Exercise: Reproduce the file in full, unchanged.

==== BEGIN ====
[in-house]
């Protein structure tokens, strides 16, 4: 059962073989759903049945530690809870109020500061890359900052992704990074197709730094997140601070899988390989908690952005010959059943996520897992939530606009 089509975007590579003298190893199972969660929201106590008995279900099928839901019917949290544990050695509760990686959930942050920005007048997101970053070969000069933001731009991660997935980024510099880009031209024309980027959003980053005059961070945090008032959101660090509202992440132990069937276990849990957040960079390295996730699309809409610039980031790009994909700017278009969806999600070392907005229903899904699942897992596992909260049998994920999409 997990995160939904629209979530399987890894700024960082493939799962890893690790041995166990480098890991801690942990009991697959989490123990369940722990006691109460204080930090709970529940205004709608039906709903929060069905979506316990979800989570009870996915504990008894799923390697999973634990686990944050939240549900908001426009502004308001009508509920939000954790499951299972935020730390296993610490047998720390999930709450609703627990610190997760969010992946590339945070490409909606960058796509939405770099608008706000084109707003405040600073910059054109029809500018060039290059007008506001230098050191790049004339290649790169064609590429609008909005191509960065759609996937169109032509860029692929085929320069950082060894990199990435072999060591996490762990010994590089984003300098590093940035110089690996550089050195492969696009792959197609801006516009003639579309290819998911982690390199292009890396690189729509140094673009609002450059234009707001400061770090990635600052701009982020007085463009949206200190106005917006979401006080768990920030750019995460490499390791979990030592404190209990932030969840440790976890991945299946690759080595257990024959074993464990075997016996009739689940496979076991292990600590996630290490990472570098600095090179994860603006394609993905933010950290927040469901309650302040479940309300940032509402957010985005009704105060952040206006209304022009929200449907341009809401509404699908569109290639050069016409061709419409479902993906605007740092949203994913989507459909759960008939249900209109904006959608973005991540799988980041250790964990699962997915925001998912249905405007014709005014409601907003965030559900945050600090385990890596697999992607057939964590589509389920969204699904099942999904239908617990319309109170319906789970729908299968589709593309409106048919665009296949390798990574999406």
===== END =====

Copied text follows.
[in-house]
């Protein structure tokens, strides 16, 4: 059962073989759903049945530690809870109020500061890359900052992704990074197709730094997140601070899988390989908690952005010959059943996520897992939530606009 089509975007590579003298190893199972969660929201106590008995279900099928839901019917949290544990050695509760990686959930942050920005007048997101970053070969000069933001731009991660997935980024510099880009031209024309980027959003980053005059961070945090008032959101660090509202992440132990069937276990849990957040960079390295996730699309809409610039980031790009994909700017278009969806999600070392907005229903899904699942897992596992909260049998994920999409 997990995160939904629209979530399987890894700024960082493939799962890893690790041995166990480098890991801690942990009991697959989490123990369940722990006691109460204080930090709970529940205004709608039906709903929060069905979506316990979800989570009870996915504990008894799923390697999973634990686990944050939240549900908001426009502004308001009508509920939000954790499951299972935020730390296993610490047998720390999930709450609703627990610190997760969010992946590339945070490409909606960058796509939405770099608008706000084109707003405040600073910059054109029809500018060039290059007008506001230098050191790049004339290649790169064609590429609008909005191509960065759609996937169109032509860029692929085929320069950082060894990199990435072999060591996490762990010994590089984003300098590093940035110089690996550089050195492969696009792959197609801006516009003639579309290819998911982690390199292009890396690189729509140094673009609002450059234009707001400061770090990635600052701009982020007085463009949206200190106005917006979401006080768990920030750019995460490499390791979990030592404190209990932030969840440790976890991945299946690759080595257990024959074993464990075997016996009739689940496979076991292990600590996630290490990472570098600095090179994860603006394609993905933010950290927040469901309650302040479940309300940032509402957010985005009704105060952040206006209304022009929200449907341009809401509404699908569109290639050069016409061709419409479902993906605007740092949203994913989507459909759960008939249900209109904006959608973005991540799988980041250790964990699962997915925001998912249905405007014709005014409601907003965030559900945050600090385990890596697999992607057939964590589509389920969204699904099942999904239908617990319309109170319906789970729908299968589709593309409106048919665009296949390798990574999406």